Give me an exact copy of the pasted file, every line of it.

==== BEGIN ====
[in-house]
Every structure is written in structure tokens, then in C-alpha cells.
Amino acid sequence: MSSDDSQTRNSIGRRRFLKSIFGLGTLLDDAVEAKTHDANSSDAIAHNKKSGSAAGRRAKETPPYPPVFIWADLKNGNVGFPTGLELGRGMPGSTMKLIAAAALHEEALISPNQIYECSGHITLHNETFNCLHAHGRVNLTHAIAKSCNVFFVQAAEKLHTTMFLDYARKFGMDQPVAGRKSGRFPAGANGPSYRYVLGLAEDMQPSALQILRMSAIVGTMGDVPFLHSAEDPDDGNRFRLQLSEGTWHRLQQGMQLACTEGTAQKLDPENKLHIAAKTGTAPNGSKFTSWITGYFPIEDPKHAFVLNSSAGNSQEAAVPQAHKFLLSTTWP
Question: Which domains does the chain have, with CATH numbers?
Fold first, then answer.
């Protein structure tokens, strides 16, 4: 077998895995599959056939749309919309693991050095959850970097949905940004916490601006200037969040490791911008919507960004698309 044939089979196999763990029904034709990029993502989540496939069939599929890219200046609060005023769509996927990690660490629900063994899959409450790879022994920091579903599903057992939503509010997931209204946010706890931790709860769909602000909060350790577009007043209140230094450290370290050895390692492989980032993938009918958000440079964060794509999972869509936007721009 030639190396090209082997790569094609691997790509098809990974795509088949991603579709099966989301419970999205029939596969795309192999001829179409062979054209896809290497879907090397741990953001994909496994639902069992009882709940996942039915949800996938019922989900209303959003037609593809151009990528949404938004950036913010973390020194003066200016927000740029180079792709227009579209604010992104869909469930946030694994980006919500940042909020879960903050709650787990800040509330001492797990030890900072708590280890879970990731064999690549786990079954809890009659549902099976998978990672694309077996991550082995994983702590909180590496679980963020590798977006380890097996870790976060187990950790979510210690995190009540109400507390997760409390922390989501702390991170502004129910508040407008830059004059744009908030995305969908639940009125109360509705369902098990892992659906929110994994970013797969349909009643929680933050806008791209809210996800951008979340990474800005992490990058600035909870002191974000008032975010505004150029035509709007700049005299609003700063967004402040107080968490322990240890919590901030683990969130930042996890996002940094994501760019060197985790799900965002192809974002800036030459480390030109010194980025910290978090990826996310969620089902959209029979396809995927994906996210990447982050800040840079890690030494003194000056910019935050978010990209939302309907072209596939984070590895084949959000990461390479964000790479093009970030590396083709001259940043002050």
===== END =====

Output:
[in-house]
Every structure is written in structure tokens, then in C-alpha cells.
Amino acid sequence: MSSDDSQTRNSIGRRRFLKSIFGLGTLLDDAVEAKTHDANSSDAIAHNKKSGSAAGRRAKETPPYPPVFIWADLKNGNVGFPTGLELGRGMPGSTMKLIAAAALHEEALISPNQIYECSGHITLHNETFNCLHAHGRVNLTHAIAKSCNVFFVQAAEKLHTTMFLDYARKFGMDQPVAGRKSGRFPAGANGPSYRYVLGLAEDMQPSALQILRMSAIVGTMGDVPFLHSAEDPDDGNRFRLQLSEGTWHRLQQGMQLACTEGTAQKLDPENKLHIAAKTGTAPNGSKFTSWITGYFPIEDPKHAFVLNSSAGNSQEAAVPQAHKFLLSTTWP
Question: Which domains does the chain have, with CATH numbers?
Fold first, then answer.
């Protein structure tokens, strides 16, 4: 077998895995599959056939749309919309693991050095959850970097949905940004916490601006200037969040490791911008919507960004698309 044939089979196999763990029904034709990029993502989540496939069939599929890219200046609060005023769509996927990690660490629900063994899959409450790879022994920091579903599903057992939503509010997931209204946010706890931790709860769909602000909060350790577009007043209140230094450290370290050895390692492989980032993938009918958000440079964060794509999972869509936007721009 030639190396090209082997790569094609691997790509098809990974795509088949991603579709099966989301419970999205029939596969795309192999001829179409062979054209896809290497879907090397741990953001994909496994639902069992009882709940996942039915949800996938019922989900209303959003037609593809151009990528949404938004950036913010973390020194003066200016927000740029180079792709227009579209604010992104869909469930946030694994980006919500940042909020879960903050709650787990800040509330001492797990030890900072708590280890879970990731064999690549786990079954809890009659549902099976998978990672694309077996991550082995994983702590909180590496679980963020590798977006380890097996870790976060187990950790979510210690995190009540109400507390997760409390922390989501702390991170502004129910508040407008830059004059744009908030995305969908639940009125109360509705369902098990892992659906929110994994970013797969349909009643929680933050806008791209809210996800951008979340990474800005992490990058600035909870002191974000008032975010505004150029035509709007700049005299609003700063967004402040107080968490322990240890919590901030683990969130930042996890996002940094994501760019060197985790799900965002192809974002800036030459480390030109010194980025910290978090990826996310969620089902959209029979396809995927994906996210990447982050800040840079890690030494003194000056910019935050978010990209939302309907072209596939984070590895084949959000990461390479964000790479093009970030590396083709001259940043002050």